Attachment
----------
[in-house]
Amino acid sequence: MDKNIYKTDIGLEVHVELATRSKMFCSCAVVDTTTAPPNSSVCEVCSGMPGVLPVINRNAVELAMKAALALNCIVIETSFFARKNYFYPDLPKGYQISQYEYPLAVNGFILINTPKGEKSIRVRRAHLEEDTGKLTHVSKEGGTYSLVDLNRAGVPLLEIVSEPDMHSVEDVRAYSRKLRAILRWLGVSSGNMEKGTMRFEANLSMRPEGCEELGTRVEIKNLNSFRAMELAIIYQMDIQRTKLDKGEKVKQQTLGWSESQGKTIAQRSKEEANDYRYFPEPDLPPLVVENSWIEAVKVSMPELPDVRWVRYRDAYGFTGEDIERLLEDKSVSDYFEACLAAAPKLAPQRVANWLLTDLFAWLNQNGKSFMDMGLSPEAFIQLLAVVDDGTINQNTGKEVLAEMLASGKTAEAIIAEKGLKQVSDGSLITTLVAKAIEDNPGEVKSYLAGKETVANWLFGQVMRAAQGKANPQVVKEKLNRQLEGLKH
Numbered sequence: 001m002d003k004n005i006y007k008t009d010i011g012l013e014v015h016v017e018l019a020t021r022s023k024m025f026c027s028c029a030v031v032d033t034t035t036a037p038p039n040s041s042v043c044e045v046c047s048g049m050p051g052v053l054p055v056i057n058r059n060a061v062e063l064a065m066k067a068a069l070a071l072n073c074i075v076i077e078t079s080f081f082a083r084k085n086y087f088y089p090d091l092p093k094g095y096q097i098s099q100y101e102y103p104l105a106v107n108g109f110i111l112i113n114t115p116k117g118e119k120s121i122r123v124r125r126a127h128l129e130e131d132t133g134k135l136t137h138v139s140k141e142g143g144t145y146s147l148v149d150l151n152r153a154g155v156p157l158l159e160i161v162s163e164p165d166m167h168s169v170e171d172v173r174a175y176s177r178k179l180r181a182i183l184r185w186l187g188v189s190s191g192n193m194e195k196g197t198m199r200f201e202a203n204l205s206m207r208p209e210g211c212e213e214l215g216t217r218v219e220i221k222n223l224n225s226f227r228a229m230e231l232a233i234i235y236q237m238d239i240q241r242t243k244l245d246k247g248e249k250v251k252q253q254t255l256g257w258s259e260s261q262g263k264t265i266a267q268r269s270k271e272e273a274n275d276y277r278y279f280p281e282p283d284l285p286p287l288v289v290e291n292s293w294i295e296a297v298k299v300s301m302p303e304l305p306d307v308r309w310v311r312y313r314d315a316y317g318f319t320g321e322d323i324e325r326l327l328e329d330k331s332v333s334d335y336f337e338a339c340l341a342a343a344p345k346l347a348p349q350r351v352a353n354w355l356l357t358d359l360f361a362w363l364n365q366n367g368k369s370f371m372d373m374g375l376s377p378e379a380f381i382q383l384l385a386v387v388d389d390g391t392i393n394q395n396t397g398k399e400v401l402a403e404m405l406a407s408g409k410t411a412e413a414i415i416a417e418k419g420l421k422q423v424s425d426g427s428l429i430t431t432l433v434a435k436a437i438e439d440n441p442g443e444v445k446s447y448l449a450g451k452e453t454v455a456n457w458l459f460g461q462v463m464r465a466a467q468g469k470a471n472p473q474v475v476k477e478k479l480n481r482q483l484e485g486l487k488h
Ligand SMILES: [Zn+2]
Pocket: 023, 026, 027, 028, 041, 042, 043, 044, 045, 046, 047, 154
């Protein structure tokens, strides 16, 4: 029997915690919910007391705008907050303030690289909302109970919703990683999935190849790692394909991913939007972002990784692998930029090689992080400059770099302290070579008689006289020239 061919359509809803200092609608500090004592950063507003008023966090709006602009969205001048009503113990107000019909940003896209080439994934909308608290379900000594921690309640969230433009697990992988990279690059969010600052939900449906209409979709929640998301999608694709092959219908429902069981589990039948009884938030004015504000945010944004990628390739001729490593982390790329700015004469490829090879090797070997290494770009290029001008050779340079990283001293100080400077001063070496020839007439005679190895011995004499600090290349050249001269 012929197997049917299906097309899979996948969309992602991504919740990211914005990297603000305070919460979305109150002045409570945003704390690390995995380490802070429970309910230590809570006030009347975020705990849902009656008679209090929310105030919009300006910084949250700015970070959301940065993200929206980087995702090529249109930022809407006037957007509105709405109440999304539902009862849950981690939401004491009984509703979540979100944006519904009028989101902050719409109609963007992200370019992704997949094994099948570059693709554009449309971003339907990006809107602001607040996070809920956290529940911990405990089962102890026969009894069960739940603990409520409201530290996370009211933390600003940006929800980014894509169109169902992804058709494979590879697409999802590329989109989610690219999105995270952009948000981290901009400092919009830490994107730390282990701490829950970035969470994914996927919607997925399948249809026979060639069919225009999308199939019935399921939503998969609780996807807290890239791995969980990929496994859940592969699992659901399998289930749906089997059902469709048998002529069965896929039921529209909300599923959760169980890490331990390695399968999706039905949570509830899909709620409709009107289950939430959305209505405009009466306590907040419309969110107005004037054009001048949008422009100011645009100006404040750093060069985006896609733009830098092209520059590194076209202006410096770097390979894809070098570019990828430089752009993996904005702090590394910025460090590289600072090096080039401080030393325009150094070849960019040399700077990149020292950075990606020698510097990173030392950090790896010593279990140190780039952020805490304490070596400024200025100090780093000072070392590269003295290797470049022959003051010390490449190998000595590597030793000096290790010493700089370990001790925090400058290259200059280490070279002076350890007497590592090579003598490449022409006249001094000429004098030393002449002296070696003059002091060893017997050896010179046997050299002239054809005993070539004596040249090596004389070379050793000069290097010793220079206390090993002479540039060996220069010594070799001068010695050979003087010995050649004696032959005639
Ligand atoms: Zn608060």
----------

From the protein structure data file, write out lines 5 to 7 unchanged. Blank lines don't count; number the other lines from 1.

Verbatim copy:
Pocket: 023, 026, 027, 028, 041, 042, 043, 044, 045, 046, 047, 154
């Protein structure tokens, strides 16, 4: 029997915690919910007391705008907050303030690289909302109970919703990683999935190849790692394909991913939007972002990784692998930029090689992080400059770099302290070579008689006289020239 061919359509809803200092609608500090004592950063507003008023966090709006602009969205001048009503113990107000019909940003896209080439994934909308608290379900000594921690309640969230433009697990992988990279690059969010600052939900449906209409979709929640998301999608694709092959219908429902069981589990039948009884938030004015504000945010944004990628390739001729490593982390790329700015004469490829090879090797070997290494770009290029001008050779340079990283001293100080400077001063070496020839007439005679190895011995004499600090290349050249001269 012929197997049917299906097309899979996948969309992602991504919740990211914005990297603000305070919460979305109150002045409570945003704390690390995995380490802070429970309910230590809570006030009347975020705990849902009656008679209090929310105030919009300006910084949250700015970070959301940065993200929206980087995702090529249109930022809407006037957007509105709405109440999304539902009862849950981690939401004491009984509703979540979100944006519904009028989101902050719409109609963007992200370019992704997949094994099948570059693709554009449309971003339907990006809107602001607040996070809920956290529940911990405990089962102890026969009894069960739940603990409520409201530290996370009211933390600003940006929800980014894509169109169902992804058709494979590879697409999802590329989109989610690219999105995270952009948000981290901009400092919009830490994107730390282990701490829950970035969470994914996927919607997925399948249809026979060639069919225009999308199939019935399921939503998969609780996807807290890239791995969980990929496994859940592969699992659901399998289930749906089997059902469709048998002529069965896929039921529209909300599923959760169980890490331990390695399968999706039905949570509830899909709620409709009107289950939430959305209505405009009466306590907040419309969110107005004037054009001048949008422009100011645009100006404040750093060069985006896609733009830098092209520059590194076209202006410096770097390979894809070098570019990828430089752009993996904005702090590394910025460090590289600072090096080039401080030393325009150094070849960019040399700077990149020292950075990606020698510097990173030392950090790896010593279990140190780039952020805490304490070596400024200025100090780093000072070392590269003295290797470049022959003051010390490449190998000595590597030793000096290790010493700089370990001790925090400058290259200059280490070279002076350890007497590592090579003598490449022409006249001094000429004098030393002449002296070696003059002091060893017997050896010179046997050299002239054809005993070539004596040249090596004389070379050793000069290097010793220079206390090993002479540039060996220069010594070799001068010695050979003087010995050649004696032959005639
Ligand atoms: Zn608060």